International Business Machines (NYSE:IBM), once called Big Blue, has closed on its $34 billion purchase of Red Hat, but the crowds aren’t cheering.
Since the deal was announced in October IBM shares have risen 17%, opening for trade July 11 at about $141, a market cap of $125 billion.
But the average stock in the S&P 500 average is up nearly 13% in that time, and the gain doesn’t come close to equaling the purchase price.
Investors are skeptical that this deal will vault IBM into the higher reaches of the technology universe. A year ago, Facebook (NASDAQ:FB) lost $124 billion in market cap in a single day. Oracle (NASDAQ:ORCL), long considered a cloud also-ran, is worth $200 billion.
In today’s technology universe, in other words, IBM is a welterweight.
No Magic Bullet for IBM Stock
It’s clear that the Red Hat deal is no magic bullet for all that ails IBM.
Red Hat was a fast-growing software company whose Linux operating system, JBoss middleware and, most especially, OpenShift container system were becoming key ingredients for companies transforming their computing systems into clouds. IBM was a lumbering, no-growth maker of mainframes, an outsourcer of software development.
Together they’re supposed to be the place to go for “hybrid cloud,” a world where corporate data centers run the same technologies as Amazon (NASDAQ:AMZN) AWS or Microsoft (NASDAQ:MSFT) Azure, where companies move data freely among their own clouds and the public clouds.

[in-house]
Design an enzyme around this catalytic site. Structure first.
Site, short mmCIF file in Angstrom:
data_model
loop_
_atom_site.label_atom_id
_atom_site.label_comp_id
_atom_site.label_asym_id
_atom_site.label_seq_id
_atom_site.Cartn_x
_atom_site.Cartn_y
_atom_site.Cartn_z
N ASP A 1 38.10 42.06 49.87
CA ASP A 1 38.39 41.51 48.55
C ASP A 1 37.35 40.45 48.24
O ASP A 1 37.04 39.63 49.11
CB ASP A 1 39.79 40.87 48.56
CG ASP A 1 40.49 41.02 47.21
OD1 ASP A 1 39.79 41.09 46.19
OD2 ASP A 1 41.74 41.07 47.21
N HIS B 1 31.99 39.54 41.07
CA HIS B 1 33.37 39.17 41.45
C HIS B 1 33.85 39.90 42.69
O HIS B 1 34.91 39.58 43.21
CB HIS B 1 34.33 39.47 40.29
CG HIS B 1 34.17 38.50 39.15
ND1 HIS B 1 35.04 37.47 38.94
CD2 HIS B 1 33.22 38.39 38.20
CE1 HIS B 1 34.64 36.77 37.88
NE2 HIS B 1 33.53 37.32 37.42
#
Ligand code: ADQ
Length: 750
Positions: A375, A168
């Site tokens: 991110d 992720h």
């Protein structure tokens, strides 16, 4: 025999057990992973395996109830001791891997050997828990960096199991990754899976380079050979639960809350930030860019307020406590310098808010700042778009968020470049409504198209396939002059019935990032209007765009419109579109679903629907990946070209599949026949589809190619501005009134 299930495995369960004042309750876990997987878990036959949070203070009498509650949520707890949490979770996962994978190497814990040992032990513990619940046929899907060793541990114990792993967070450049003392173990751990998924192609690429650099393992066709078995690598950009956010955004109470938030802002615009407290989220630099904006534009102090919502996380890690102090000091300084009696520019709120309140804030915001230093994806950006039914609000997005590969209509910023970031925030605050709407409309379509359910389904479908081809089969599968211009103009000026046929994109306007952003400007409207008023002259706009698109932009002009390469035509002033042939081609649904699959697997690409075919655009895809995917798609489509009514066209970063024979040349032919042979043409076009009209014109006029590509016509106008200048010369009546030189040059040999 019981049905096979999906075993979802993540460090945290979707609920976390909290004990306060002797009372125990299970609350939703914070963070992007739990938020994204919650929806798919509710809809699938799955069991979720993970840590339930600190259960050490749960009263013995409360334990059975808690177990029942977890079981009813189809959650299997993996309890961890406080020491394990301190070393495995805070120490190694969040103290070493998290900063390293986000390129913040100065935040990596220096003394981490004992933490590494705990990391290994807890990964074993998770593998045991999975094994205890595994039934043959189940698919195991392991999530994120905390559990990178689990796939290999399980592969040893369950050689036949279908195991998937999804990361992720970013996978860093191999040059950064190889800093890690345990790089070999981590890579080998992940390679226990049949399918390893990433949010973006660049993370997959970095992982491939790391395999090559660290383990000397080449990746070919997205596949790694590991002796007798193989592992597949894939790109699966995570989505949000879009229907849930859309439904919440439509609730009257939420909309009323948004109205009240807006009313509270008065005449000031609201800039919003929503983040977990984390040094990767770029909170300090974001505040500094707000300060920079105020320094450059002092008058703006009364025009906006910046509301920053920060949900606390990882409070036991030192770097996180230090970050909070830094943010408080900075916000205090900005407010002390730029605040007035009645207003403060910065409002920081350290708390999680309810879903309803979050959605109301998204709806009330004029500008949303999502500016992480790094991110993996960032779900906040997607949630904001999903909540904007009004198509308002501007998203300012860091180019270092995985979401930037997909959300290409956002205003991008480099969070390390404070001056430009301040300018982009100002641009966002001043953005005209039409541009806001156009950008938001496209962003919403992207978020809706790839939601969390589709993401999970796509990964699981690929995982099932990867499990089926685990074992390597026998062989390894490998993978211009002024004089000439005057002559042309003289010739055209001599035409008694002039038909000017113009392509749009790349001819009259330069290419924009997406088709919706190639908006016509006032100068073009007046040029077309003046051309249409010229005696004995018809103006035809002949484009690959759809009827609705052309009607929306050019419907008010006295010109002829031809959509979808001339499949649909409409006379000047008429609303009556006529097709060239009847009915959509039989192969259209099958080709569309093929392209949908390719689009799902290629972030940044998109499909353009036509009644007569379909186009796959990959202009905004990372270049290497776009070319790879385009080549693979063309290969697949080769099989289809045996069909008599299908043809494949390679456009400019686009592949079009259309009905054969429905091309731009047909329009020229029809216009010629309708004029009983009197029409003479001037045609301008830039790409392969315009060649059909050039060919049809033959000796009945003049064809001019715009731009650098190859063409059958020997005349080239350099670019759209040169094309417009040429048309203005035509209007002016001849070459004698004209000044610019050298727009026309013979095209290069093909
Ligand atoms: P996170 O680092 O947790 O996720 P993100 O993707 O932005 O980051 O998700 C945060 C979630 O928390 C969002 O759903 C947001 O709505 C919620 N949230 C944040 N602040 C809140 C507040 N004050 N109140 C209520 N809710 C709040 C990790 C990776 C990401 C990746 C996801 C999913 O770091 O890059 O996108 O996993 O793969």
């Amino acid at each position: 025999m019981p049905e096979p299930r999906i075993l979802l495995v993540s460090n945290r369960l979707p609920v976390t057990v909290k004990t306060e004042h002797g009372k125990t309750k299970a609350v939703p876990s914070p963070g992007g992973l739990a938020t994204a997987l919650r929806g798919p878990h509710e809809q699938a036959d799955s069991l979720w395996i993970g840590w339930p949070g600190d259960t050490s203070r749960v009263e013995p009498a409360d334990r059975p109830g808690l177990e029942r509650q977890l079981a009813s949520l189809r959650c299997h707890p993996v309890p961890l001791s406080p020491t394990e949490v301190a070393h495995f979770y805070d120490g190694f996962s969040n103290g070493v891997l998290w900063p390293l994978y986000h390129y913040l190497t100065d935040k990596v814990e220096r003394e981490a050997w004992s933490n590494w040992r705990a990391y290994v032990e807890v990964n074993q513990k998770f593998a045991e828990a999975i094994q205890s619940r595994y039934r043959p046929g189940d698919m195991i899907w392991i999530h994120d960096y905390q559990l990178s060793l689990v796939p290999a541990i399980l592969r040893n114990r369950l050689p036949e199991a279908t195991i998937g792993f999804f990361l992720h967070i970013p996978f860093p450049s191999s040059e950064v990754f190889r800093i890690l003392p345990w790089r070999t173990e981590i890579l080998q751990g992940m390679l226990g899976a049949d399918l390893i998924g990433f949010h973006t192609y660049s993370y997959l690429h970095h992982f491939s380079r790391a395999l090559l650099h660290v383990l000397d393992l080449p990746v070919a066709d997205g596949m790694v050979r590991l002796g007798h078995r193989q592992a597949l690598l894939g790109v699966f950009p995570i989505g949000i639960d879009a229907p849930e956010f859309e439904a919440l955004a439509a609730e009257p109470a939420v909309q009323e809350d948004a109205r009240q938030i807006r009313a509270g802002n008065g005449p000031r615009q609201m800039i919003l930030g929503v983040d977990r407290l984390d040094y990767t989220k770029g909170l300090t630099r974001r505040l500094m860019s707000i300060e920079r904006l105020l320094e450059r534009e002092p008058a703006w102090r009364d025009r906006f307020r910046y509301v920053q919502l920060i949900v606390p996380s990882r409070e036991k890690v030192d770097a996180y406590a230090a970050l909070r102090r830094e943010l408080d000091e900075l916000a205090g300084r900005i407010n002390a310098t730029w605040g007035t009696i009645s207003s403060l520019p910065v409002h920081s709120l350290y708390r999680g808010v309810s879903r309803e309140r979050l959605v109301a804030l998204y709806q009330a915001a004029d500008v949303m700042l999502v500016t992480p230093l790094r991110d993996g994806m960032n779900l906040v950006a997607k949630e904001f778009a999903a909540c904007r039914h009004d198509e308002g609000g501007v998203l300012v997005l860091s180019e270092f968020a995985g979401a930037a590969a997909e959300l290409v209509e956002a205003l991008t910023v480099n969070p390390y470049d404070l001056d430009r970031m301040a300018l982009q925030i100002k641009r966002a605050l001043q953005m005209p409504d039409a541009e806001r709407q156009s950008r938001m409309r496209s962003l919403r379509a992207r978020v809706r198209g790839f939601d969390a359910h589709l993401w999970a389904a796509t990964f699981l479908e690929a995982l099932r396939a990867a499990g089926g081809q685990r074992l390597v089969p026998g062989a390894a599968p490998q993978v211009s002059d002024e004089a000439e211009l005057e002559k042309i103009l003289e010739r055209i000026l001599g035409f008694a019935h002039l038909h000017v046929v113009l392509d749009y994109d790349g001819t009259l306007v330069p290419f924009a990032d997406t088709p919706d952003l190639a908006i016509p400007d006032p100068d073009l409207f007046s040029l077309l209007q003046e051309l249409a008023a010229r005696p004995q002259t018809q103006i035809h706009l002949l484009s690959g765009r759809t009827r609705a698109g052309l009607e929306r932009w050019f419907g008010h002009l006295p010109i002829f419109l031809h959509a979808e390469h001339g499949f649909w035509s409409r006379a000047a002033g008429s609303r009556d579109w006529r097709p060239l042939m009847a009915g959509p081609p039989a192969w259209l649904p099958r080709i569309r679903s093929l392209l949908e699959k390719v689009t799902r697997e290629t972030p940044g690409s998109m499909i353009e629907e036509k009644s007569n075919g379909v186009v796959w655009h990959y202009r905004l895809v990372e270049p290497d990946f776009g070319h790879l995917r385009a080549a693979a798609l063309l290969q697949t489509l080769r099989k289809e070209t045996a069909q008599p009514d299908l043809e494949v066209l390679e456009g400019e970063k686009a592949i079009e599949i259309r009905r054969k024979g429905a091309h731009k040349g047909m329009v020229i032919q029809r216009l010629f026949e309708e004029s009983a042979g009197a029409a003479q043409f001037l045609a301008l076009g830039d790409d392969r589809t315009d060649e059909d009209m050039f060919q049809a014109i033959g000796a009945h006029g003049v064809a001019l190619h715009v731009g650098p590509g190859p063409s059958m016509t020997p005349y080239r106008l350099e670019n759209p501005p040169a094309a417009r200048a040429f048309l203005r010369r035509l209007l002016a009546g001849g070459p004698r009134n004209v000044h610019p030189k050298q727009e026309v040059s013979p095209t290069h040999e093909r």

The problem is that most companies have already set their hybrid cloud strategies, that Red Hat’s enabling technology is a small part of the whole, and that IBM itself is still a bureaucratic labyrinth where good ideas go to die.
Hobble the Competition
If IBM can’t catch up with the Cloud Czars, the company figures, it can at least hobble them.
The company’s first post-Red Hat white paper is a proposal to regulate what IBM lawyers call “media companies,” amending the Communications Decency Act to make Facebook, Alphabet’s (NASDAQ:GOOG, NASDAQ:GOOGL) Google and any other free web services responsible for what people post to them. IBM itself was under anti-trust consent decrees for decades. Its lawyers know how government can stop innovation in its tracks.
The idea, in the words of IBM CEO Ginni Rometty, is to distinguish between “business data” and “consumer data,” regulating the latter and letting the former mostly slide. IBM is entirely a business data company.
Politicians on both the left and right are gleefully jumping on the proposal. Even Microsoft co-founder Bill Gates approves of action. Something is likely to happen, something big and destructive to the value of the internet companies that long ago passed IBM by.
But will that help IBM? Not likely.
The Bottom Line for International Business Machines
IBM has spent this year clearing the decks for Red Hat, selling off some software lines and even spinning off part of the Watson AI program (its former savior) to Centerbridge Partners, a private equity firm.
The new company is supposed to go toe-to-toe with Salesforce (NASDAQ:CRM), Oracle and Adobe (NASDAQ:ADBE). But the spinoff illustrates why investors are right to be skeptical of IBM itself going forward.
IBM is a dividend stock, currently paying $1.62 per quarter, yielding 4.6%. GAAP earnings for the last year were $9.51 per share. Keeping the earnings above the dividend, protecting the payout, is all people care about when they buy IBM stock today.
Watch to see if that changes.
Dana Blankenhorn is a financial and technology journalist. He is the author of a new environmental story, Bridget O’Flynn and the Bear, available now at the Amazon Kindle store. Write him at email@example.com or follow him on Twitter at @danablankenhorn. As of this writing he owned shares in AMZN and MSFT.